Thursday, September 22, 2016

 Mitchell Chester Comes to Brockton MA

By Amy Dubé, Massachusetts BAT

Originally posted on her Facebook page

NOTE: Mitchell Chester is the Commissioner of Education for Massachusetts and he heads the Department of Elementary and Secondary Education (DESE). He is a Board member and the former Chair of the PARCC Governing Board. Chester came to speak in Brockton MA for a "Meet and Greet" on September 20, 2016. Chester approved New Heights Charter school to open in Brockton this September even though the community voted against it. The charter has run into problems opening on time because they didn't obtain the proper building permits. The students are temporarily being bused to another site in a different town.


Okay people. As promised, this is my report of that meeting in Brockton with Mitchell Chester:

After working a full day teaching grade 6 in Lynn, I drove to Brockton for the meet and greet with the Commissioner of Education.

Not being from Brockton, I was worried I would not find the high school easily. Upon entering the city, I saw numerous Brockton Kids Count bumper stickers and lawn signs. I don't recall passing a single Great Schools sign.

I arrived at 5:30 for the 6:30 event. Approaching the road that leads to the high school, I was greeted by countless people holding Brockton Kids Count and No on 2 signs. Cars passing them were honking and waving and giving the thumbs up. As I pass them, I beep, wave, and smile. The sign holders applaud and raise their arms in joyful solidarity. This is what it must feel like to be...well, someone who isn't Mitchell Chester.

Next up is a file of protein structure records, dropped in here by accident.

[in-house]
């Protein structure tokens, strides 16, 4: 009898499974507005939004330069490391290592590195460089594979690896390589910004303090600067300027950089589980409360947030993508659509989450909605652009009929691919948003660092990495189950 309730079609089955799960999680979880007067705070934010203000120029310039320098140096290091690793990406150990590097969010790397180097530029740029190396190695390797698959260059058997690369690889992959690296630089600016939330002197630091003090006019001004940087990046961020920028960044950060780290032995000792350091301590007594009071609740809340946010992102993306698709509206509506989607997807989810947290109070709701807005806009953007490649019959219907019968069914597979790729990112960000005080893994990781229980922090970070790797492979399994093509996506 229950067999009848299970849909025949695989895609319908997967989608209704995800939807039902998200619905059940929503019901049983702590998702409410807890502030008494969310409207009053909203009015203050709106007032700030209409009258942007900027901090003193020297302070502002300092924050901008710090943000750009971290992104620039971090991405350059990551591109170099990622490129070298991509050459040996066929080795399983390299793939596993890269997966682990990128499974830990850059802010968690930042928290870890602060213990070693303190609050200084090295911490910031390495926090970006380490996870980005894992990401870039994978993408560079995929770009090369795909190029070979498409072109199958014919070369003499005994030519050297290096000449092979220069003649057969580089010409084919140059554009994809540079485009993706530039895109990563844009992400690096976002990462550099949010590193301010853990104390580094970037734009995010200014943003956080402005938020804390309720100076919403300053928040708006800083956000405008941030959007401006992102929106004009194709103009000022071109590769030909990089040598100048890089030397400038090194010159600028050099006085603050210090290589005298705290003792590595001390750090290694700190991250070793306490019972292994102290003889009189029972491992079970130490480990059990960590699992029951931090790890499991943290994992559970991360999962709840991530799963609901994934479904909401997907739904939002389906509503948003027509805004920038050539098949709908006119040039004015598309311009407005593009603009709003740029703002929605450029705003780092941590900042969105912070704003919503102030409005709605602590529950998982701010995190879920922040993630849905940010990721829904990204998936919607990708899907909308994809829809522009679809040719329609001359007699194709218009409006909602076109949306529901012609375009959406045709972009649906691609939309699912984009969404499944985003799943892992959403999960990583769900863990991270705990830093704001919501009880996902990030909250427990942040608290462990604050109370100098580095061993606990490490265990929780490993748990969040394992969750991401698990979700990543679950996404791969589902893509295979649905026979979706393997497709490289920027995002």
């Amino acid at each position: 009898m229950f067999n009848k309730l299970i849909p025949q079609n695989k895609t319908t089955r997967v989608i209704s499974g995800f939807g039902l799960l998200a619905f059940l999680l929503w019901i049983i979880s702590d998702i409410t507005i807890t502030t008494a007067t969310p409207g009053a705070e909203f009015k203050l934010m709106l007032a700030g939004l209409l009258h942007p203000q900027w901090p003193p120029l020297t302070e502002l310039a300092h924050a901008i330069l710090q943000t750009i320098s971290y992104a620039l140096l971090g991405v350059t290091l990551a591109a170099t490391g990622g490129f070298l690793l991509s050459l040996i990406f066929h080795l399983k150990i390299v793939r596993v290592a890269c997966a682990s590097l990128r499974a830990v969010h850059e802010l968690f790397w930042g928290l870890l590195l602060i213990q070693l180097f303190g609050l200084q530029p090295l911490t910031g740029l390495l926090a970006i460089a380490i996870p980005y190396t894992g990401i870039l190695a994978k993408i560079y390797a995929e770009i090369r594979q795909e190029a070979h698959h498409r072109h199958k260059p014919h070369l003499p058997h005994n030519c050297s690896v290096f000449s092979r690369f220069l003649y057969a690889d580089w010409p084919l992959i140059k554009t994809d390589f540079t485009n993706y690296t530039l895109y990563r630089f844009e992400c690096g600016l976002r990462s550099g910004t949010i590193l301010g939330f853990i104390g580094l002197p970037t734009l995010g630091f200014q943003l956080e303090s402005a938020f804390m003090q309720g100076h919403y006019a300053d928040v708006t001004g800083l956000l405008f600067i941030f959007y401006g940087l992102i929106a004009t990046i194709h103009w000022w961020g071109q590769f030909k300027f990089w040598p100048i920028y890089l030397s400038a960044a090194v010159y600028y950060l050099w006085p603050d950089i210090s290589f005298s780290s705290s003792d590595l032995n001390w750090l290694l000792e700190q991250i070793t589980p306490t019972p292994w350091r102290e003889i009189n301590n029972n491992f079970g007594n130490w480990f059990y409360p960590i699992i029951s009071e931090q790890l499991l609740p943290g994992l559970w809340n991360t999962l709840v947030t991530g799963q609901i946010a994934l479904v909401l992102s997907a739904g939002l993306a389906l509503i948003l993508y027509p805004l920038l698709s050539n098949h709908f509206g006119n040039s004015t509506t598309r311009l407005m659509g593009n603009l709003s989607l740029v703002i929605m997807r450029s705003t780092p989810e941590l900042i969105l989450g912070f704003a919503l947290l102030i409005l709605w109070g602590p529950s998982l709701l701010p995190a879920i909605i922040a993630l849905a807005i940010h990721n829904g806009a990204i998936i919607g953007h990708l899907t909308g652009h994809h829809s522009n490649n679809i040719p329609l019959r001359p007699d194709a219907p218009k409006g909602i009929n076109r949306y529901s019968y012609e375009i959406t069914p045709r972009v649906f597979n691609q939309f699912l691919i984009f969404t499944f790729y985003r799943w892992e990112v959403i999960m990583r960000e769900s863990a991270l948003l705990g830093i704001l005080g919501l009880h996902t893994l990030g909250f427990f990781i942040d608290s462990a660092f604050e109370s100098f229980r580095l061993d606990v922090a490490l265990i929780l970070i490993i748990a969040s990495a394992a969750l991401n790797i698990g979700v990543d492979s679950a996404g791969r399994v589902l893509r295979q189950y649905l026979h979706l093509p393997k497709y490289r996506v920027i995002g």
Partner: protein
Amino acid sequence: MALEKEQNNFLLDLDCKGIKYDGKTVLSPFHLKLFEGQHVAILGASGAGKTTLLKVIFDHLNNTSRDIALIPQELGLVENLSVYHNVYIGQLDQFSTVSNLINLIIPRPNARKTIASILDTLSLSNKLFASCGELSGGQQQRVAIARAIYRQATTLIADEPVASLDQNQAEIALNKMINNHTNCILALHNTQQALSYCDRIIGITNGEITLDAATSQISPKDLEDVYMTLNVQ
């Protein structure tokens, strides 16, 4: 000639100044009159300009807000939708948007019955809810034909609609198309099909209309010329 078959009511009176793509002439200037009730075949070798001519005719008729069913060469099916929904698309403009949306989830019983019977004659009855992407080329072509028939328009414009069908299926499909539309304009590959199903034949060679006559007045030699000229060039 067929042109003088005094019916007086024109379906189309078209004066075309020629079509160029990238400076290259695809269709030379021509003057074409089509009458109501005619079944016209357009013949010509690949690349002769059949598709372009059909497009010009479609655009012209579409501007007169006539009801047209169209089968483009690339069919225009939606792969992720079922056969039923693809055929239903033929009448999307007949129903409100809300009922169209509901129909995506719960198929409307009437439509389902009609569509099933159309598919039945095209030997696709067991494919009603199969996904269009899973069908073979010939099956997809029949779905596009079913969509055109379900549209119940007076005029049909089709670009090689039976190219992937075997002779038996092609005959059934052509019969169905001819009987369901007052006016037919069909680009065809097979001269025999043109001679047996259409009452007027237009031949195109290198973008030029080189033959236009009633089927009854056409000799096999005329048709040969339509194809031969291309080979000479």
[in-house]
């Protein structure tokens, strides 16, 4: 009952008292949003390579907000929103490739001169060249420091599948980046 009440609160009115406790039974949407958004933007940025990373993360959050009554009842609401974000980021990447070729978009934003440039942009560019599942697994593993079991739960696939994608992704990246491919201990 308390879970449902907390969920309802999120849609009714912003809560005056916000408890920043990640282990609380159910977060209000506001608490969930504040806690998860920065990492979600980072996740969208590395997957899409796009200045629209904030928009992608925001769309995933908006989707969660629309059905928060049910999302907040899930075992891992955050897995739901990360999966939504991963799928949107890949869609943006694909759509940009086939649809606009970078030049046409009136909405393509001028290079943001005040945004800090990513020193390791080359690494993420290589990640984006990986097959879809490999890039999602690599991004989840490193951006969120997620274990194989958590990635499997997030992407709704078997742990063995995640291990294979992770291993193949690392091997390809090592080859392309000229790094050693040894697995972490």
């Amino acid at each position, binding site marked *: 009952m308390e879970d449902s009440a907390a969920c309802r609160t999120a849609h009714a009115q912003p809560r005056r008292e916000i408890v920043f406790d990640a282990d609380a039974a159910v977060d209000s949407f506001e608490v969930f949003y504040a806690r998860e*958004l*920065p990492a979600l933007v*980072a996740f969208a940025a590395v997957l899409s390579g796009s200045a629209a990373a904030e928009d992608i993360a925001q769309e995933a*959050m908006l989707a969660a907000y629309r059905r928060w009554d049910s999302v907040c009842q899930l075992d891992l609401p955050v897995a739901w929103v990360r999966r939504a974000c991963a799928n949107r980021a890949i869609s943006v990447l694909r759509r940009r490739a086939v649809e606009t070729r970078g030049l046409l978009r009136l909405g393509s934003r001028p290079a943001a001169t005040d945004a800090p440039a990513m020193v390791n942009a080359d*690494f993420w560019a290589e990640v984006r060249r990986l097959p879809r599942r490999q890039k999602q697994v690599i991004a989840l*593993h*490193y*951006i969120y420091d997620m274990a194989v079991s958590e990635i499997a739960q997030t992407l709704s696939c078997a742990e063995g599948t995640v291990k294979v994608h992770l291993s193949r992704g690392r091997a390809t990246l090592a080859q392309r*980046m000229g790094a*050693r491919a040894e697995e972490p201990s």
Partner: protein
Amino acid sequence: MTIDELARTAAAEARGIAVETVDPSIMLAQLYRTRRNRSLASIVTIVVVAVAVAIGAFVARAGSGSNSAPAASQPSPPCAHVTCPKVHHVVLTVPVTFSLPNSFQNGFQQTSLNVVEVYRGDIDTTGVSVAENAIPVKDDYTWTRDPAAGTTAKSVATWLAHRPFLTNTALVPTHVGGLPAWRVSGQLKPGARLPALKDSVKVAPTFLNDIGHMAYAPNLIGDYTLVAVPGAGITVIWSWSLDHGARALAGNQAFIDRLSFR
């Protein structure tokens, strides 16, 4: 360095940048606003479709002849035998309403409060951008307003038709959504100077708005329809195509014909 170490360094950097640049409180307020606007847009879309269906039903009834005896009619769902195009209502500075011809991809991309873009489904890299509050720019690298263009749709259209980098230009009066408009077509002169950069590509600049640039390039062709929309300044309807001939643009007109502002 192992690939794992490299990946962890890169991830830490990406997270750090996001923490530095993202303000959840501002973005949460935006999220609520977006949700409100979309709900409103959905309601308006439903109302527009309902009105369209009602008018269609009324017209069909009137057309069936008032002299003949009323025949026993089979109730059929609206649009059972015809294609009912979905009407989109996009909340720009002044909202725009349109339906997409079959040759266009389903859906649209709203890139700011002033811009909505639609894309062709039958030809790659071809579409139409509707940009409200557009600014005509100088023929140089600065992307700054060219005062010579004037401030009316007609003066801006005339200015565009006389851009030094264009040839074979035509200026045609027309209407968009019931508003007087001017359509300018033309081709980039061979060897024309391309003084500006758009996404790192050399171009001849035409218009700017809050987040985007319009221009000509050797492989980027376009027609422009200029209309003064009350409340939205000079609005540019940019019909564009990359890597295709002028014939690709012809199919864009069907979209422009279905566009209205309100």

The parking lot was already filling up quickly.

I proudly wore my Lynn teachers lanyard. "Look friends! I come from afar! Greetings and solidarity from the North Shore!"

After I parked my car, I joined the fold of sign holders. I said, "Hey does a Lawrence girl driving all the way from Lynn get a lawn sign, pin, and extra bumper stickers?"

Someone from the No on 2 table proceeded to fill my car with yard signs and bumper stickers. (Direct message me. You want 'em, I got 'em.)

I made friends fast. One of them was Barbara Madeloni. I tried to suppress my total fan girl squeal when I met her.

The sign holders wanted to make sure all the paths to the high school were lined with people "greeting" Mr. Chester's car. They were brainstorming the paths he could use to get there.

Not a single Great Schools sign. I shake my head. Those people have no ground game.

I walked into the red café and was greeting by music from Brockton High school students.